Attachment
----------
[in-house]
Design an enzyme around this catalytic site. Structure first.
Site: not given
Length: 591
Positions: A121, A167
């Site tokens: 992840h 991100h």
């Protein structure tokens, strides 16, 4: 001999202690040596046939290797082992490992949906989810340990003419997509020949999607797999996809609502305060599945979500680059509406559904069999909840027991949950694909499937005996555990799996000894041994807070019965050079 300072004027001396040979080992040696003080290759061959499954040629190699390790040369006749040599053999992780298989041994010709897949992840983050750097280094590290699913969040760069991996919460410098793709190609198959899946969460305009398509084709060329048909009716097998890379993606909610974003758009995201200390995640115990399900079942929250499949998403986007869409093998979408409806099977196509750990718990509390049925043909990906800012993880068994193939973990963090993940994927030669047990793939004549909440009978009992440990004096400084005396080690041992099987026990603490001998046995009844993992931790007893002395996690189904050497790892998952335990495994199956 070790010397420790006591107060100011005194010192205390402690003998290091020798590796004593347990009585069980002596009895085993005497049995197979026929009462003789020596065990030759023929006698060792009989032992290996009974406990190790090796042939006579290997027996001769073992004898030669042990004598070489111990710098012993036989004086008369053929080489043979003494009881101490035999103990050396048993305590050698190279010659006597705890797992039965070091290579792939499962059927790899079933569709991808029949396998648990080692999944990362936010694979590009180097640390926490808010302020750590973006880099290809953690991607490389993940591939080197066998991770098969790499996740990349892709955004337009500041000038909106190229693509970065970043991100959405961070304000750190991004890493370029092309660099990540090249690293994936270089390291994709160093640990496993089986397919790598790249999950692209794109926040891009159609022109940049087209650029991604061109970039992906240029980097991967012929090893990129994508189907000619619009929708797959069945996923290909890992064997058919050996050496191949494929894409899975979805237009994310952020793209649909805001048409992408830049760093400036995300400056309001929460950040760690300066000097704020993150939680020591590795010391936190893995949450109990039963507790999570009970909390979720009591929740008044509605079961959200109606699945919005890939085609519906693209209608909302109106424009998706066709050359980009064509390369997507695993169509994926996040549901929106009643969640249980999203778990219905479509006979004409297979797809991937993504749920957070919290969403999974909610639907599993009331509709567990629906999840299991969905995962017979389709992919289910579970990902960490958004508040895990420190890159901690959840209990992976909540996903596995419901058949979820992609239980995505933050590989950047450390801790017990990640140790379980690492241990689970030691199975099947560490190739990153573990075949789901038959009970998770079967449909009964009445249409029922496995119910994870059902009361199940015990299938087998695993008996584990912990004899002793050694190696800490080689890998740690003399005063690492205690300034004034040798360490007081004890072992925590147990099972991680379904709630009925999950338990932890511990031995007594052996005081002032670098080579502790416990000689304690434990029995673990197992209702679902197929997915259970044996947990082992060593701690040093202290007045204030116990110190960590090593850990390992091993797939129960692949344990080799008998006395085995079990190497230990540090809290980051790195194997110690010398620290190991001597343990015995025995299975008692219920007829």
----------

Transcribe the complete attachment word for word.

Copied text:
[in-house]
Design an enzyme around this catalytic site. Structure first.
Site: not given
Length: 591
Positions: A121, A167
């Site tokens: 992840h 991100h």
């Protein structure tokens, strides 16, 4: 001999202690040596046939290797082992490992949906989810340990003419997509020949999607797999996809609502305060599945979500680059509406559904069999909840027991949950694909499937005996555990799996000894041994807070019965050079 300072004027001396040979080992040696003080290759061959499954040629190699390790040369006749040599053999992780298989041994010709897949992840983050750097280094590290699913969040760069991996919460410098793709190609198959899946969460305009398509084709060329048909009716097998890379993606909610974003758009995201200390995640115990399900079942929250499949998403986007869409093998979408409806099977196509750990718990509390049925043909990906800012993880068994193939973990963090993940994927030669047990793939004549909440009978009992440990004096400084005396080690041992099987026990603490001998046995009844993992931790007893002395996690189904050497790892998952335990495994199956 070790010397420790006591107060100011005194010192205390402690003998290091020798590796004593347990009585069980002596009895085993005497049995197979026929009462003789020596065990030759023929006698060792009989032992290996009974406990190790090796042939006579290997027996001769073992004898030669042990004598070489111990710098012993036989004086008369053929080489043979003494009881101490035999103990050396048993305590050698190279010659006597705890797992039965070091290579792939499962059927790899079933569709991808029949396998648990080692999944990362936010694979590009180097640390926490808010302020750590973006880099290809953690991607490389993940591939080197066998991770098969790499996740990349892709955004337009500041000038909106190229693509970065970043991100959405961070304000750190991004890493370029092309660099990540090249690293994936270089390291994709160093640990496993089986397919790598790249999950692209794109926040891009159609022109940049087209650029991604061109970039992906240029980097991967012929090893990129994508189907000619619009929708797959069945996923290909890992064997058919050996050496191949494929894409899975979805237009994310952020793209649909805001048409992408830049760093400036995300400056309001929460950040760690300066000097704020993150939680020591590795010391936190893995949450109990039963507790999570009970909390979720009591929740008044509605079961959200109606699945919005890939085609519906693209209608909302109106424009998706066709050359980009064509390369997507695993169509994926996040549901929106009643969640249980999203778990219905479509006979004409297979797809991937993504749920957070919290969403999974909610639907599993009331509709567990629906999840299991969905995962017979389709992919289910579970990902960490958004508040895990420190890159901690959840209990992976909540996903596995419901058949979820992609239980995505933050590989950047450390801790017990990640140790379980690492241990689970030691199975099947560490190739990153573990075949789901038959009970998770079967449909009964009445249409029922496995119910994870059902009361199940015990299938087998695993008996584990912990004899002793050694190696800490080689890998740690003399005063690492205690300034004034040798360490007081004890072992925590147990099972991680379904709630009925999950338990932890511990031995007594052996005081002032670098080579502790416990000689304690434990029995673990197992209702679902197929997915259970044996947990082992060593701690040093202290007045204030116990110190960590090593850990390992091993797939129960692949344990080799008998006395085995079990190497230990540090809290980051790195194997110690010398620290190991001597343990015995025995299975008692219920007829």